Bulgarian National Radio © 2020 All Rights Reserved

We mark Saint Theodore's Day

БНР Новини




СнимкаAccording to folk beliefs, on Todorovden Saint Theodore rides a white horse and goes to see God and ask him to bring summer. Each time Saint Theodore goes to see God he would stick his spear into the ground and fasten his horse to it. God always fulfills his wishes and sends summer to Earth. Later, the soil is getting warmer and a steam springs out of the place where Saint Theodore sticks his spear. That is why the day becomes longer after Todorovden and weather gests warmer. The feast always falls on the first Saturday of Lent. Todorovden, also known as Tudoritsa or Horse Easter is accompanied with a lot of fun and singing. Some of the folk songs have it that Saint Theodore is riding his white horse across the fields. Earlier, he shoes his horse in a green meadow and his sister stands next to him and passes him golden horseshoe cotters and silver horseshoes.

On Todorovden all rituals are connected with horse fertility. Even nowadays in many Bulgarian regions women knead ritual horse-shaped or horseshoe-shaped bread. However, people traditionally bake other types of bread such as ring-shaped Снимкаbuns, bogovitsa (God's pita bread) and kolak typical of large folklore and religious feasts. On Saint Theodore's Day people also hand out boiled sweetcorn, boiled wheat, boiled peas, etc. Once women used to run, jump or even imitate horse neighing while visiting their relatives and handed out the ritual bread and the legume. They performed that ritual for good fertility of people and horses.

At the beginning of the 20th century Bulgarian ethnographer Dimitar Marinov recorded an interesting local custom in a village near Smolyan, in the Rhodope Mountains, called Bekane. On Friday before Todorovden women used to fill a bowl with peas and pour warm water over the peas. They would place the bowl in front of the icon. On Saturday morning when women return from the church liturgy they would take that bowl and give everyone some peas, the ethnographer further wrote. Later, women would take a handful of peas and throw them up saying prayers for all family members as well as for all domestic animals. Then, men would make bead out of those peas and wear them on their fur caps. In Sofia district people used to take boiled sweetcorn to church where the local priests would incense it. Later, people would scatter it on the ground and children would pick it for horses' health sake.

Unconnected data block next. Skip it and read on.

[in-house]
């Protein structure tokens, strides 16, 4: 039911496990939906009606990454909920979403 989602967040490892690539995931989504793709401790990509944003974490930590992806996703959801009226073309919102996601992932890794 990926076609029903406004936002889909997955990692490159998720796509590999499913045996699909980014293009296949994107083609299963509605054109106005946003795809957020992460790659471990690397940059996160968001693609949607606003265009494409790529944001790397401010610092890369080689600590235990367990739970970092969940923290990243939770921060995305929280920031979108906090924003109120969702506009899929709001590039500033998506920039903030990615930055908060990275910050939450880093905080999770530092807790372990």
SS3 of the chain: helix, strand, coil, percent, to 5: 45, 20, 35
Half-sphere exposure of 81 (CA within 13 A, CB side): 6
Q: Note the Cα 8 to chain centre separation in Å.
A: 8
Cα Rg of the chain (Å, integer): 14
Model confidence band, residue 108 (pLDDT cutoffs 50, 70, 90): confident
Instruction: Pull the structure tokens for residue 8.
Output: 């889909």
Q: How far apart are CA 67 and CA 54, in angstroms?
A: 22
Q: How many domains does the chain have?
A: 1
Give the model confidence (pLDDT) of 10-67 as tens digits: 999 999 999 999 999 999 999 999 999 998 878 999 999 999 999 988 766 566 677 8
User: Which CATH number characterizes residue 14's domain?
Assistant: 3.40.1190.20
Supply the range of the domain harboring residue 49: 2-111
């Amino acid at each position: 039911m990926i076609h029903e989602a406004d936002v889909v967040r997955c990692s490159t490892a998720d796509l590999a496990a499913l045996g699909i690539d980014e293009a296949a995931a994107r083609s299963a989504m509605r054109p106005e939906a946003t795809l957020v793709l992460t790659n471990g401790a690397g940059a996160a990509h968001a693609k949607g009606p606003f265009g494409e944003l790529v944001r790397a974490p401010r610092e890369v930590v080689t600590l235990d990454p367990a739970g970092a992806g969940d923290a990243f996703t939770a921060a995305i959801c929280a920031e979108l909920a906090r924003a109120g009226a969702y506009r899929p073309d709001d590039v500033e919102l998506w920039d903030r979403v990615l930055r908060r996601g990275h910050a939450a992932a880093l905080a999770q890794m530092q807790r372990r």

СнимкаStrictly observant Christians keep strict fasting in the week preceding Tudoritsa and women cannot do any handiwork - they do not spin, weave, cut out clothes or do any embroidery.

According to folk beliefs, Saint Theodor is patron of harmful animals such as serpents, wolves, mice, moles, etc. Once, young brides would scatter corn in their vegetable gardens, in order to chase moles away. Men ride horses across the fields, because the superstition has it that moles would not dig tunnels into the soil if horses step on it.

On Todorovden young men take part at horse races also known as kushii. Every household would bring their horses out with wild geranium and hellebore in their manes. While the men got the saddles and the reins ready women would sing songs. After the race everyone would return to the village together with the winner riding up front. Once, the lasses and the lads used to form a long horo chain around the horses and their riders. The owner of the horse that outdistances all others would receive guests. Many Bulgarians are still following those traditions. People named Todor, Todorka, Theodor, Theodora celebrate their name day on Saint Theodore's Day.

Снимка

English version: Kostadin Atanasov 

Photos: BGNES


The audio file contains the following folk songs dedicated to the feast:

1  Saint Theodore shoes his horse, to the rendition of Svetoglas

2  Todor Sabira Tragnuva, to the rendition of Georgi Pavlov

3  Taz Nedelya Todorishka, to the rendition of Yovka Boycheva

4  Todor si Konche Styagashe, to the rendition of Bilyana Sokolova

5  Todor si Konche Karashe, performed by Plamen Dimitrov


More from category

More about nestinari and fire dancing - a first-person story

Fire-dancing is an ancient custom performed by a closed community of “nestinari” and it has been shrouded in mystery and mysticism for centuries. In 2009, the ritual was included in the UNESCO List of Intangible Cultural Heritage and in the National..

published on 6/3/20 7:05 AM
Rain on Spassovden is dear – every drop is believed to be worth a golden coin. Folk belief has it that if it rains on this day, the crop yields will be abundant!

Bulgarian folk beliefs and customs on Spasovden

"Spasovden" is the popular name of the Feast of the Ascension, which the Orthodox Church celebrates on the fortieth day after Easter. In Bulgarian folklore traditions, the holiday is associated primarily with the belief that on Thursday before..

published on 5/28/20 11:53 AM

Toma Belev’s magnificent collection of 19th-20th century aprons

“Aprons have played an important role in the life of women. The first thing the newborn girl was wrapped up in was the old apron of her paternal grandmother, a ritual symbolizing the passing on of power. There are different kinds of..

updated on 5/22/20 12:01 PM